NEW BRUNSWICK — A Rutgers University professor says he was taken to a hospital for a psychiatric evaluation by police after someone at the school felt threatened by comments he made about flag burning and gun control in light of Donald Trump’s election. Kevin Allred, an adjunct professor on the New Brunswick campus, said on Twitter…
DOJ money laundering probe of Deutsche Bank includes Kushner transactions: report
The U.S. Department of Justice (DOJ) is conducting a criminal investigation of possible money laundering violations by Deutsche Bank, and the New York Times is reporting that the probe will include taking a look at some 2016 transactions involving Kushner Cos. — the business owned by the family of Senior White House Advisor Jared Kushner, President Donald Trump’s son-in-law.
In banking, reports of possibly suspicious activity are known as “suspicious activity reports,” and the DOJ is investigating why Deutsche Bank prepared such alerts for activity involving Kushner Cos. but did not file them. A key figure in the DOJ’s investigation is whistleblower Tammy McFadden, who helped prepare suspicious activity reports for Kushner Cos.-related transactions. McFadden is a former compliance officer for Deutsche Bank.
Joe Biden promises to answer questions about his son’s overseas business dealings — after he’s elected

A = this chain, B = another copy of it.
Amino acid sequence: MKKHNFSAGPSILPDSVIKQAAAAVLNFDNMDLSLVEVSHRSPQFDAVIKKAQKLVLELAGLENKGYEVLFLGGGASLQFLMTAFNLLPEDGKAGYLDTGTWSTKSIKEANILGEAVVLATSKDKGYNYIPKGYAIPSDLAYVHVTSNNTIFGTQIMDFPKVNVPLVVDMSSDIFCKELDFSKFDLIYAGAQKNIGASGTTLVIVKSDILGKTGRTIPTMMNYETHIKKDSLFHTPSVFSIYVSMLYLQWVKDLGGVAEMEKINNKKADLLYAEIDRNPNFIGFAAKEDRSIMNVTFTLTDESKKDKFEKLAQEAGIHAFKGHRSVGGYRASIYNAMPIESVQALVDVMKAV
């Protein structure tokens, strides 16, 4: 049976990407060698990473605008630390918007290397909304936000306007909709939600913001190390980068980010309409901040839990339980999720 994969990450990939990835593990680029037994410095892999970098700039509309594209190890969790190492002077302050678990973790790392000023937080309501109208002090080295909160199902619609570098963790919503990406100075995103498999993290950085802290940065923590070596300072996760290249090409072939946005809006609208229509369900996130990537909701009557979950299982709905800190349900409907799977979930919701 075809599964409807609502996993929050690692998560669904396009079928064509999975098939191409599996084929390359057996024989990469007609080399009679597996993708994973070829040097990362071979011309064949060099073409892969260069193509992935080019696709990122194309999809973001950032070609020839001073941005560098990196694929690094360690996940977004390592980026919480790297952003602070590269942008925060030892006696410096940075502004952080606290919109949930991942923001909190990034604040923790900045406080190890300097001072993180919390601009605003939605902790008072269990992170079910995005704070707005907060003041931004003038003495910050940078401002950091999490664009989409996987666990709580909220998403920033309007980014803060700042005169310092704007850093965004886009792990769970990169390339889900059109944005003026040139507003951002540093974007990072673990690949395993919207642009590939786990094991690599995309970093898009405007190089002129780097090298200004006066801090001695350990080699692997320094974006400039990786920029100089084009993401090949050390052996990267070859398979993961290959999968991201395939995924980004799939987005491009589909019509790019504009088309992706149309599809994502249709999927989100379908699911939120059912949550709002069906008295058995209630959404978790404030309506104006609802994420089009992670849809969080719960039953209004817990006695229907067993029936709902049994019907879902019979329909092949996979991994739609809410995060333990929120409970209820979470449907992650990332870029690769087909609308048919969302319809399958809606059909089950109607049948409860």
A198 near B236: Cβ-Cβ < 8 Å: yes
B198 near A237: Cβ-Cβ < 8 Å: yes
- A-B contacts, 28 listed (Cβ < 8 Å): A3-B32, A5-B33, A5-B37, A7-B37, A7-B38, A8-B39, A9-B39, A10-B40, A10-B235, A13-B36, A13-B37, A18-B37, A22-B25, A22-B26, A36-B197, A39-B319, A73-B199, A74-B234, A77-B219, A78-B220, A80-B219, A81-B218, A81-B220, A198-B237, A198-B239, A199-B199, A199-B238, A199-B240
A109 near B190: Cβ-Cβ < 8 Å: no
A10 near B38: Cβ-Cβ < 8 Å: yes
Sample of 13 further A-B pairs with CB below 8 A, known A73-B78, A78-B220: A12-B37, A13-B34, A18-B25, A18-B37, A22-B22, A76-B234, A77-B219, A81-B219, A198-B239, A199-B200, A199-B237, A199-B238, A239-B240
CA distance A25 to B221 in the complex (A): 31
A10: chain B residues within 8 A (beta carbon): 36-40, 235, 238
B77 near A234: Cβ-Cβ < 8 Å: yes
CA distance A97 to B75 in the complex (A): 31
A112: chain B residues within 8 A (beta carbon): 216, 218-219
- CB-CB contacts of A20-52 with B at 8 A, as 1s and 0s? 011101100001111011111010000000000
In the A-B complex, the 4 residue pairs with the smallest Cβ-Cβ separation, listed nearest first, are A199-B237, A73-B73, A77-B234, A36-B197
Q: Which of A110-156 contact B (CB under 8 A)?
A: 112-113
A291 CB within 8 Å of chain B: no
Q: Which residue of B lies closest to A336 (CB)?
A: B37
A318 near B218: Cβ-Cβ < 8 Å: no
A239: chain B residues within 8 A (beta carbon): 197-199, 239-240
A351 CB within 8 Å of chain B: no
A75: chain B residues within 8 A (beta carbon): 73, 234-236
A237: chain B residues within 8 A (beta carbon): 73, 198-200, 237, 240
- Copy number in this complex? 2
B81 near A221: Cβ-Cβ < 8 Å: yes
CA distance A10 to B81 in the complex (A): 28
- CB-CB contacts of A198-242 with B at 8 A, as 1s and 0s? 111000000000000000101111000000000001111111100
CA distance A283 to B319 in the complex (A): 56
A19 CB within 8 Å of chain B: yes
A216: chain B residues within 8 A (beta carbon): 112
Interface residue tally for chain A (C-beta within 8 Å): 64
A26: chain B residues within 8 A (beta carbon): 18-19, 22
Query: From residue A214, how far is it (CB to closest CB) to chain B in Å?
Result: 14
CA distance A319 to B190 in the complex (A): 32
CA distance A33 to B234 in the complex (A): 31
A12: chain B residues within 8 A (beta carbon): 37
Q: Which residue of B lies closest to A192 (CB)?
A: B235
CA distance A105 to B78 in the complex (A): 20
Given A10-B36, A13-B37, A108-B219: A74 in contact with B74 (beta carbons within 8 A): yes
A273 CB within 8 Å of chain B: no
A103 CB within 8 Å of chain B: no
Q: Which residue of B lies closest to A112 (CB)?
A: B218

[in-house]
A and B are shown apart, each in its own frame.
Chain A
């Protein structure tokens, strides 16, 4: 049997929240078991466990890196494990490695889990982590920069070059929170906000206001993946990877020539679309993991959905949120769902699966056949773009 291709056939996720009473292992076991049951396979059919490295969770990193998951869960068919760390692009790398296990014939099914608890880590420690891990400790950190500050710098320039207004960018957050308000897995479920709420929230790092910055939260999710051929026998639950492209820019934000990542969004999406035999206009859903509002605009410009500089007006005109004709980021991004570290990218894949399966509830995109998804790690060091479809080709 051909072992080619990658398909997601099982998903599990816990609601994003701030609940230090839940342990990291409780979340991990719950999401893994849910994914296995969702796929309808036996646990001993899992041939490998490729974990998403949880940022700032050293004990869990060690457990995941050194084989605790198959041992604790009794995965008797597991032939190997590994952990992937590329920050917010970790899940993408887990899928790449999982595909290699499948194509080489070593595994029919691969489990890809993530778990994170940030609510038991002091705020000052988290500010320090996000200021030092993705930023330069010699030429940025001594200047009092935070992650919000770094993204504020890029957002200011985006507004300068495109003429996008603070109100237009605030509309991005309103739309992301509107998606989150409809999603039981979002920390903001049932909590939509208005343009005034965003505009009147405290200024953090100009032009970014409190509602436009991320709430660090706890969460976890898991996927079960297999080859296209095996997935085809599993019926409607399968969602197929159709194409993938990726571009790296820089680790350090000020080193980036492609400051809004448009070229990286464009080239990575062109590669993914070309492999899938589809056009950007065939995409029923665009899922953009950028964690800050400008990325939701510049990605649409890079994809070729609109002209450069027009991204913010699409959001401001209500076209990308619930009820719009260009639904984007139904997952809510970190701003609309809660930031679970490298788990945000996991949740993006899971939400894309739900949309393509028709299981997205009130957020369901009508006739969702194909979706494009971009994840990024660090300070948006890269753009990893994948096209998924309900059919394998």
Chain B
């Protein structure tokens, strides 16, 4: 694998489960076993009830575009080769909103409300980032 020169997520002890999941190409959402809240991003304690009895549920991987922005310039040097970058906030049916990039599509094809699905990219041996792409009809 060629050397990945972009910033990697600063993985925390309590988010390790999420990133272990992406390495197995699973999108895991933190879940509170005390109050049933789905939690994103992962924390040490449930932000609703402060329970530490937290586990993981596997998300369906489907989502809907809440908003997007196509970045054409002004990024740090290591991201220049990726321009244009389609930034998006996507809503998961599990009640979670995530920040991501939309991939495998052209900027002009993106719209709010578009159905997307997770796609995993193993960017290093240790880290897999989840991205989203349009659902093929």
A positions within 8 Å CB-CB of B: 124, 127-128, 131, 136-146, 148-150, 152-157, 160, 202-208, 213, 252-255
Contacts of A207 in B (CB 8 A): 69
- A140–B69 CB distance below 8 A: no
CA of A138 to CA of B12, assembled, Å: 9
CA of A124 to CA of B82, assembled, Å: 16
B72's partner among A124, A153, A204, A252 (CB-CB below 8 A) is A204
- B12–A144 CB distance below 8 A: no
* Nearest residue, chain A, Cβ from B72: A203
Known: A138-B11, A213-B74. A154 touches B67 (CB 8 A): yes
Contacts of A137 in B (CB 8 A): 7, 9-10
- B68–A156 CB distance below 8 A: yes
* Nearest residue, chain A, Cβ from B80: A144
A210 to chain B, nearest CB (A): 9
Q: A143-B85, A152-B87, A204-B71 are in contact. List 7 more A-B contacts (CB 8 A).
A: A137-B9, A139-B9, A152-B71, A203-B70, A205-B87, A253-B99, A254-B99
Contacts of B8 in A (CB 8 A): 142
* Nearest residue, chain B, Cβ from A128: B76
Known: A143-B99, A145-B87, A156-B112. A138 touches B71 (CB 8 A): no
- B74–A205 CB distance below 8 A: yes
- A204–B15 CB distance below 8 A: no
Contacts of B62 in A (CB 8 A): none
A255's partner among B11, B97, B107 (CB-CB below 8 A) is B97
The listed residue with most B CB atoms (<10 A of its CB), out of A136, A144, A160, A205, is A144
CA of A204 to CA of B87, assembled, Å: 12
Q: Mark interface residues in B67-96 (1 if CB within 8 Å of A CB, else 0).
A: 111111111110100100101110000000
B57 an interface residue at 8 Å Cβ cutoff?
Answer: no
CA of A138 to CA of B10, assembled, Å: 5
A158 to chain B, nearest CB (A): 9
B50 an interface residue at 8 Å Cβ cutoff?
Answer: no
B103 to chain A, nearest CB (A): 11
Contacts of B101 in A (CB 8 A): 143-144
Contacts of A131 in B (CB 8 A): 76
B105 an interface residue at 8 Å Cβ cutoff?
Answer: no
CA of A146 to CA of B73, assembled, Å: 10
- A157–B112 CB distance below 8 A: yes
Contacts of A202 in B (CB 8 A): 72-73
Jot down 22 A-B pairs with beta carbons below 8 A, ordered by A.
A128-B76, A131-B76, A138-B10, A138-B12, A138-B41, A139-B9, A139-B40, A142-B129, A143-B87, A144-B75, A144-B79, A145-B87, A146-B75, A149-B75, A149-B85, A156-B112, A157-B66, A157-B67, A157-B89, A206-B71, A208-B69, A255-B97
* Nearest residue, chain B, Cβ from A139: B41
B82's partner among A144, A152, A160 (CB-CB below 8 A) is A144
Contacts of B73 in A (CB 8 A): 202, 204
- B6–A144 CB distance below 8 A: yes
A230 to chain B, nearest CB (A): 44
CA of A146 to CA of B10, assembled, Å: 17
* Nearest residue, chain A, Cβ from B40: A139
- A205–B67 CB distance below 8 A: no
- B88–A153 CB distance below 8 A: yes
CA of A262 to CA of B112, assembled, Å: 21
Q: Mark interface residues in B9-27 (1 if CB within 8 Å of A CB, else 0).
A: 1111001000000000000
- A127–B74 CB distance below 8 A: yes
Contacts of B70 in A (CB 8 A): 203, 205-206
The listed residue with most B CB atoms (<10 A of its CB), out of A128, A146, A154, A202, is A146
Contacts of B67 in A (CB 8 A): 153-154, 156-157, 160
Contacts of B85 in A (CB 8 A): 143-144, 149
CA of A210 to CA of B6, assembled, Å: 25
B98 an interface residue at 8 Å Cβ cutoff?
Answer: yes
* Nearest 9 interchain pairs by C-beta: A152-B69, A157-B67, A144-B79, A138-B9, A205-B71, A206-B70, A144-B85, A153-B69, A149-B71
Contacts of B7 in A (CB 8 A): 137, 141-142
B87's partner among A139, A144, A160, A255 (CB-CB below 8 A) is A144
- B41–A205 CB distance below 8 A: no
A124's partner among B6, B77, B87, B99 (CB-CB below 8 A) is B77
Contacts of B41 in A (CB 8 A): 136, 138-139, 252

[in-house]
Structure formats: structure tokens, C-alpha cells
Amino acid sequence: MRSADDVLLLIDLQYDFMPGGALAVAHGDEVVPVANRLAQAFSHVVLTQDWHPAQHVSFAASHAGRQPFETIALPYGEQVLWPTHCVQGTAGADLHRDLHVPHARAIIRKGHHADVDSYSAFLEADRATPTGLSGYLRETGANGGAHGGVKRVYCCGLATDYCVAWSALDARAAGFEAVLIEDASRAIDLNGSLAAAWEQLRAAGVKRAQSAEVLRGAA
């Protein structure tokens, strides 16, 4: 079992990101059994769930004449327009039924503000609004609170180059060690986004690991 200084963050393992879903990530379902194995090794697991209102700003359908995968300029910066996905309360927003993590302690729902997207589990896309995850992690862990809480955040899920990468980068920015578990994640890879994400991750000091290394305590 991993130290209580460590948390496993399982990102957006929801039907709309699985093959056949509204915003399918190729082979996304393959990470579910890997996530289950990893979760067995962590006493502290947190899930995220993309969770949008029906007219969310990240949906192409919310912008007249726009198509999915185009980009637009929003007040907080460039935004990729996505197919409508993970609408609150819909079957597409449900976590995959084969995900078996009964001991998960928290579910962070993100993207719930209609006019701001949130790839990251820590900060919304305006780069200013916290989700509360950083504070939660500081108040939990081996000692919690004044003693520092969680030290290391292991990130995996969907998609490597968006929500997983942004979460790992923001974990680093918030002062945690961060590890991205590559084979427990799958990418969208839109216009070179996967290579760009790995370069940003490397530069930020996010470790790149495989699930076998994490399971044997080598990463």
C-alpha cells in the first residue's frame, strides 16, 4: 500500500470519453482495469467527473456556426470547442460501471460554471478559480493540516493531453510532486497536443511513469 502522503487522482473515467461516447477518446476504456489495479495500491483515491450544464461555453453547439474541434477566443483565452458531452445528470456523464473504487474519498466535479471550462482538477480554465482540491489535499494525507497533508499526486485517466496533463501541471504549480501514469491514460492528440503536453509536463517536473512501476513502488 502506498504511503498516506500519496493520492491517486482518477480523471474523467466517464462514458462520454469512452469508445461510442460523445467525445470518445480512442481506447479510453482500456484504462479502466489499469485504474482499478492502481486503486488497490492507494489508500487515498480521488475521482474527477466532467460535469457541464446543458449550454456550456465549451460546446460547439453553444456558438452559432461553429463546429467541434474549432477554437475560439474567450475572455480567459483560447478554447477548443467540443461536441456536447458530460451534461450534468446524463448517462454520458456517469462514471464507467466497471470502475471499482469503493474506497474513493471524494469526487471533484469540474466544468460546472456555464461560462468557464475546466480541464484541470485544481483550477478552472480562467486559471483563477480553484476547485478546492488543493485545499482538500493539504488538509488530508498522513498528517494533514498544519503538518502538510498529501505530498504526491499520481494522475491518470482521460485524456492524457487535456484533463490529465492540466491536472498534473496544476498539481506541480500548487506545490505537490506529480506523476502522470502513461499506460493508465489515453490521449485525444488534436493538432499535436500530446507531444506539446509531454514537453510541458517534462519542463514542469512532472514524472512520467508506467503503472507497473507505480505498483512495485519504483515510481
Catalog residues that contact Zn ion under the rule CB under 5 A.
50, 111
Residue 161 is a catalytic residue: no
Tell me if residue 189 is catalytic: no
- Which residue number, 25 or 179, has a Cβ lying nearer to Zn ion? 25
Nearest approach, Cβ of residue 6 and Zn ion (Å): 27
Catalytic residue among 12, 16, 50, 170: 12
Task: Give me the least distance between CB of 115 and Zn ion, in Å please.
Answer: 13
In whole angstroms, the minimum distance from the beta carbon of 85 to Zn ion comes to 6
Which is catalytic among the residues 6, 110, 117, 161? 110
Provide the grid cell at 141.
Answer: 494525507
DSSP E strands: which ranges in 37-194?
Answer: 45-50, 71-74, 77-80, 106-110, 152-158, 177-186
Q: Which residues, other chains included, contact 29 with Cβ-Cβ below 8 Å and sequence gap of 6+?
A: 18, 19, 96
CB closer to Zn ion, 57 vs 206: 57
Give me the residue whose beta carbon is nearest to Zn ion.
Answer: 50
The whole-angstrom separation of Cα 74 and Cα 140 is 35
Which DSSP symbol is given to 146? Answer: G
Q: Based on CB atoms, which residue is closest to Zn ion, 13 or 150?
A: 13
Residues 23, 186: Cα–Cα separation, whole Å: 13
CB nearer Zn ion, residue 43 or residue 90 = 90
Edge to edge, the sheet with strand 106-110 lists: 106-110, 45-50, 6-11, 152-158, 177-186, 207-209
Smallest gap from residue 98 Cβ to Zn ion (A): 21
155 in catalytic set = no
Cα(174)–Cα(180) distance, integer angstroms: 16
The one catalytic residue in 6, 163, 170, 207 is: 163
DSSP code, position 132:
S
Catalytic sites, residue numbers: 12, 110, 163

Joe Biden refused to answer questions about his son's overseas business dealings.
The Democratic presidential frontrunner has been criticized for conducting diplomatic work as vice president in countries were his son, Hunter Biden, was engaged in business, but he refused at two campaign stops Monday to take questions about the controversy, reported ABC News.
Instead, his campaign promised that Biden would issue an executive order "on his first day in office" to "address conflicts of interest of any kind."
US Justice Dept. tells court migrant children in federal concentration camps don’t need soap or toothbrushes
The Trump administration's Justice Dept. lawyers say migrant children detained in federal concentration camps do not need soap or toothbrushes despite a settlement agreement that requires the U.S. Government to keep them in "safe and sanitary" facilities. The DOJ also argues that the children, detained in the Southern border camps, can continue to sleep on cold concrete floors in overcrowded cells without being in violation of the agreement.
The DOJ made the argument Tuesday before a three-judge panel of the Ninth Circuit, Courthouse News reports, noting the judges appeared "incredulous" with the government's claims.